THE AGE OF CHRIST, 1591. The Age of Christ, one thousand, five hundred ninety-one.
O'Rourke, i.e. Brian-na-Murtha, the son of Brian, son of Owen, was banished, as stated before, into the Tuatha in Tirconnell, where he remained upwards of a year with Mac Sweeny (Owen Oge). After that he passed into Scotland, in hopes of obtaining protection or assistance from the King of Scotland. A party of the Queen's people, however, took him prisoner, and carried him into England and into London, where he remained for some time in prison, i.e. until the ensuing November Term. The law was urged against him, and
p.1907he was condemned to death. He was afterwards hanged, beheaded, and quartered. The death of this Brian was one of the mournful stories of the Irish, for there had not been for a long time any one of his tribe who excelled him in bounty, in hospitality, in giving rewards for panegyrical poems, in sumptuousness, in numerous troops, in comeliness, in firmness, in maintaining the field of battle to defend his patrimony against foreign adventurers, for all which he was celebrated, until his death on this occasion.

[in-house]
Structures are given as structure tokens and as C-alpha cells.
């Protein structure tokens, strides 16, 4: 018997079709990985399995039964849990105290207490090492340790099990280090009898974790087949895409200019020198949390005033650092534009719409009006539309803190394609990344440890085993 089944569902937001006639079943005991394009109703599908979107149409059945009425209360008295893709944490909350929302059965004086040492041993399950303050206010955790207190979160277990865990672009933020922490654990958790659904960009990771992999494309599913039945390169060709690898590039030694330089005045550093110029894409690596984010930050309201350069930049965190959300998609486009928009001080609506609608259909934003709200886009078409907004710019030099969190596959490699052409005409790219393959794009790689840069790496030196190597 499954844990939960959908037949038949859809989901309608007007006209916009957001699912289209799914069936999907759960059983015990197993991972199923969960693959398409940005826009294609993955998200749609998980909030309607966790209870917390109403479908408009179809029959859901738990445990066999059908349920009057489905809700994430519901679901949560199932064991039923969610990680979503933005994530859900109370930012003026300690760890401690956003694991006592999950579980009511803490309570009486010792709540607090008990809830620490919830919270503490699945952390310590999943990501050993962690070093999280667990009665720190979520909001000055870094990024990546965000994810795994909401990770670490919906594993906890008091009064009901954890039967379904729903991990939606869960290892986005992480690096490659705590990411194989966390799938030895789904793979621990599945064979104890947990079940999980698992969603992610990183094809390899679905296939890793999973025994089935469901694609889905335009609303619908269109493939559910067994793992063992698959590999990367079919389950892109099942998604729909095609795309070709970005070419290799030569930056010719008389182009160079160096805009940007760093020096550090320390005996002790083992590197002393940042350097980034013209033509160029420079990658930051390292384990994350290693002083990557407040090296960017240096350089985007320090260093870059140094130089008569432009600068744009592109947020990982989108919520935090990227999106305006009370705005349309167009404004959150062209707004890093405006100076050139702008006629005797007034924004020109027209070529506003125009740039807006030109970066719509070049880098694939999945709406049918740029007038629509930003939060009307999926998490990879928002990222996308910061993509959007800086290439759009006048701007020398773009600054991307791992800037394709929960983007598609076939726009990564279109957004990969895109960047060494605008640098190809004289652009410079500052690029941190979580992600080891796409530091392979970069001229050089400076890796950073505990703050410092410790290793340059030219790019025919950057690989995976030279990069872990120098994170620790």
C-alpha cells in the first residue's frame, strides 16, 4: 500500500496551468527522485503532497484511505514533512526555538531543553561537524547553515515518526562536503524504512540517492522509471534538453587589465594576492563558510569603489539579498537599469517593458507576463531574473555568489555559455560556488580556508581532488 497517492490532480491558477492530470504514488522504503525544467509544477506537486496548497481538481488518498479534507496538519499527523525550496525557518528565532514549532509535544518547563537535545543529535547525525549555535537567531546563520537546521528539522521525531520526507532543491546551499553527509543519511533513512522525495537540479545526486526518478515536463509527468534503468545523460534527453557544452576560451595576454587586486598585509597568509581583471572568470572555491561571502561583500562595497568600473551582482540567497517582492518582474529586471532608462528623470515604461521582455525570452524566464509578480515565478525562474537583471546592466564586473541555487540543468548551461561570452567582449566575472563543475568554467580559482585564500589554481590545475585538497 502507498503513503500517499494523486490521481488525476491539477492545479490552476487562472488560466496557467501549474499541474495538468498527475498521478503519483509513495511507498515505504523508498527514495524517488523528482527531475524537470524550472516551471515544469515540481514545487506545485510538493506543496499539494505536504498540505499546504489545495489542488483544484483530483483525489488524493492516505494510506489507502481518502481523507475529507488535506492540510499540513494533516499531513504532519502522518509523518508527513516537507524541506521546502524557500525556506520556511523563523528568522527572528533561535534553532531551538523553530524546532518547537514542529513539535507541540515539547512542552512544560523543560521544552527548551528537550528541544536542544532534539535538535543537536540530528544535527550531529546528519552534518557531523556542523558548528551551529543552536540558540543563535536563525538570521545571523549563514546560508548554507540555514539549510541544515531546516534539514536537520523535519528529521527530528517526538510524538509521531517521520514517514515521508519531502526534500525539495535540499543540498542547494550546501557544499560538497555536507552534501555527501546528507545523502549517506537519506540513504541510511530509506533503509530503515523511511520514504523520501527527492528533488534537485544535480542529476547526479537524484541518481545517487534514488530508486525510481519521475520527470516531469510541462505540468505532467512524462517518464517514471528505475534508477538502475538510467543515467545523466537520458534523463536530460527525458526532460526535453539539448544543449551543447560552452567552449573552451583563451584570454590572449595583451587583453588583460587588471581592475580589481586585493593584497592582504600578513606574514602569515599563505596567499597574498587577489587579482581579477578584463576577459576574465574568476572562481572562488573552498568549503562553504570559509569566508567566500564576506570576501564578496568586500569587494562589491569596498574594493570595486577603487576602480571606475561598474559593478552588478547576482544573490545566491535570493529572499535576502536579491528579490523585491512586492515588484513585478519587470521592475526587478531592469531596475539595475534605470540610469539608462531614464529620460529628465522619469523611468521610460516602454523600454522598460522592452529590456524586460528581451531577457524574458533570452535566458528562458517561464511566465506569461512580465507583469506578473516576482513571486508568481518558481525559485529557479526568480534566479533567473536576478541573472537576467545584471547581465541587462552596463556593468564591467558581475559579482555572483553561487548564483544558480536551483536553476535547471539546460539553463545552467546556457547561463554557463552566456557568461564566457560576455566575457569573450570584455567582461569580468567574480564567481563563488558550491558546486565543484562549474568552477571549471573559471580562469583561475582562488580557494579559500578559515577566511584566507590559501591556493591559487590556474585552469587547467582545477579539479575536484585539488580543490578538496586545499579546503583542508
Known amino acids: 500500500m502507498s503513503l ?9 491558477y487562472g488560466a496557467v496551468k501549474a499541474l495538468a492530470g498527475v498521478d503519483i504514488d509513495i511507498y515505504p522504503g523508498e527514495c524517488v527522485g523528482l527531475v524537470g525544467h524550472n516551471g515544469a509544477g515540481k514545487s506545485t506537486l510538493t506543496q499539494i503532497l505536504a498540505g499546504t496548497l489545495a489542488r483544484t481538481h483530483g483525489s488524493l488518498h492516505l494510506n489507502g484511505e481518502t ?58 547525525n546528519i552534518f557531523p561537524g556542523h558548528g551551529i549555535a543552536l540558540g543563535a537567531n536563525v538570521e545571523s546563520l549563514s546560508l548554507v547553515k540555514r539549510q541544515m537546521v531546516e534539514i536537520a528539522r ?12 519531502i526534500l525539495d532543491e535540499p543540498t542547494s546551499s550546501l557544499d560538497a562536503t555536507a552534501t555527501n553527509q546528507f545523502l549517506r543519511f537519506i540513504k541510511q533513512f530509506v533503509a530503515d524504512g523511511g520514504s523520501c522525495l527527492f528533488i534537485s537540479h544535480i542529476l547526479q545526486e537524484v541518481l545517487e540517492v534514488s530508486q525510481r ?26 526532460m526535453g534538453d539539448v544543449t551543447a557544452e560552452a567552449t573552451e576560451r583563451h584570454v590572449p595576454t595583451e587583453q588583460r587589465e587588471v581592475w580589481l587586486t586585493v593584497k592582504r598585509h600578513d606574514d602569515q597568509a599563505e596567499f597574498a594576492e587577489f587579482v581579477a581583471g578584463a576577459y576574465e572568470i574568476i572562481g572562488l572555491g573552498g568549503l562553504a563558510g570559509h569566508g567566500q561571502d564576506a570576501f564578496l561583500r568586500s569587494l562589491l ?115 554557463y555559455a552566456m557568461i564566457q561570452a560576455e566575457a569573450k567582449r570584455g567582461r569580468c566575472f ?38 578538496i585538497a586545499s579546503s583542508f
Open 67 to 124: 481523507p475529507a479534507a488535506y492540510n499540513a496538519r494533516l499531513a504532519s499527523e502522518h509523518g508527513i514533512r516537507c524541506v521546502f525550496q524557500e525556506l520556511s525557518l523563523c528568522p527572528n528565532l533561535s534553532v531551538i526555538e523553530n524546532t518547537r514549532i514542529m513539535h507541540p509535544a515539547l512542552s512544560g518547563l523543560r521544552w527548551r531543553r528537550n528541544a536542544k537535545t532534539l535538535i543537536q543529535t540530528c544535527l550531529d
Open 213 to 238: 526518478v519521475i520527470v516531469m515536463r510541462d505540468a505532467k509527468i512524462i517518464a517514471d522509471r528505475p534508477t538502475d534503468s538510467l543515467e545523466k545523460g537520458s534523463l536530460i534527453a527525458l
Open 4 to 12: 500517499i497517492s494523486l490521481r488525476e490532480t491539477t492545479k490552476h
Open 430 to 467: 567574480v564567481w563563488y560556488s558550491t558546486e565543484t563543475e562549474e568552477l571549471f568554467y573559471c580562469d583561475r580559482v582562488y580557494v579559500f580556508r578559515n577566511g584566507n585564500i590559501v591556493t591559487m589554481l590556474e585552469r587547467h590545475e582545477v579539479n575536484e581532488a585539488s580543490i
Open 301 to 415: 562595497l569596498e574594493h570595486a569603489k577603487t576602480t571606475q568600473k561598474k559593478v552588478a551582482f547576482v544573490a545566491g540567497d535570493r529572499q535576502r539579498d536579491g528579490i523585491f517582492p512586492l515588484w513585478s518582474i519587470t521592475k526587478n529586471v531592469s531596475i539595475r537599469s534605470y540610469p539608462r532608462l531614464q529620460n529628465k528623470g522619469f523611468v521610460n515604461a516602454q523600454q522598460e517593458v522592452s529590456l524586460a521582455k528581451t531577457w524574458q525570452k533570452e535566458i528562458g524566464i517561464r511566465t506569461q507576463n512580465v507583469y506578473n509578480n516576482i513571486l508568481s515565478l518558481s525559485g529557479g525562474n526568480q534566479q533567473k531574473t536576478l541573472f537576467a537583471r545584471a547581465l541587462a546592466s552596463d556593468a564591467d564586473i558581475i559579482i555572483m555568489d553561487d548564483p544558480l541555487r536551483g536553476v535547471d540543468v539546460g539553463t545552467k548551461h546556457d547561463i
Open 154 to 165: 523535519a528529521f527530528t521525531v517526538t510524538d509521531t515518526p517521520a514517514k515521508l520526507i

Murrough, the son of Conor, son of Turlough, son of Teige, son of Turlough, son of Brian Chatha-an-Aenaigh O'Brien, died at Cathair-Mionain, on the 25th of February, and was interred at Kilfenora.
Margaret, the daughter of Donnell, son of Conor, son of Turlough, son of Teige, son of Turlough, son of Brian Chatha-an-Aenaigh O'Brien, and wife of Turlough, the son of Brian, son of Donough Mac Mahon, died at Cill-MicDubhain, and was interred in Inis-Catha; and her sister, Aine, the wife of Turlough Roe, son of Teige, son of Murrough, son of Teige Roe Mac Mahon, died.
Donough, the son of Murrough Roe, son of Brian, son of Teige, son of Turlough, son of Brian Chatha-an-Aenaigh, died on the 8th of February.
William Burke, the son of John, son of Oliver, son of John, was slain by a gentleman of his own followers, namely, by Alexander, the son of Hugh Boy Mac Donnell.
The son of Mac William Burke, namely, Walter of the Blows, the son of Rickard, son of John of the Termon, son of Myler, was slain, in an assault at night, by a party of his own tribe and kinsmen, and some of the Clann-Donnell.
O'Boyle (Turlough Roe, the son of Niall, son of Turlough), the most distinguished man that had come of his tribe for a long time, a sustaining pillar of the learned and the destitute, an exalter of sanctuaries, churches, and science, the Guaire of his tribe in generosity and hospitality, and the supporter of the poor and the feeble, died at his own fortress, about the festival of St. Bridget, and was interred with honour at Donegal, in the burial-place of his ancestors.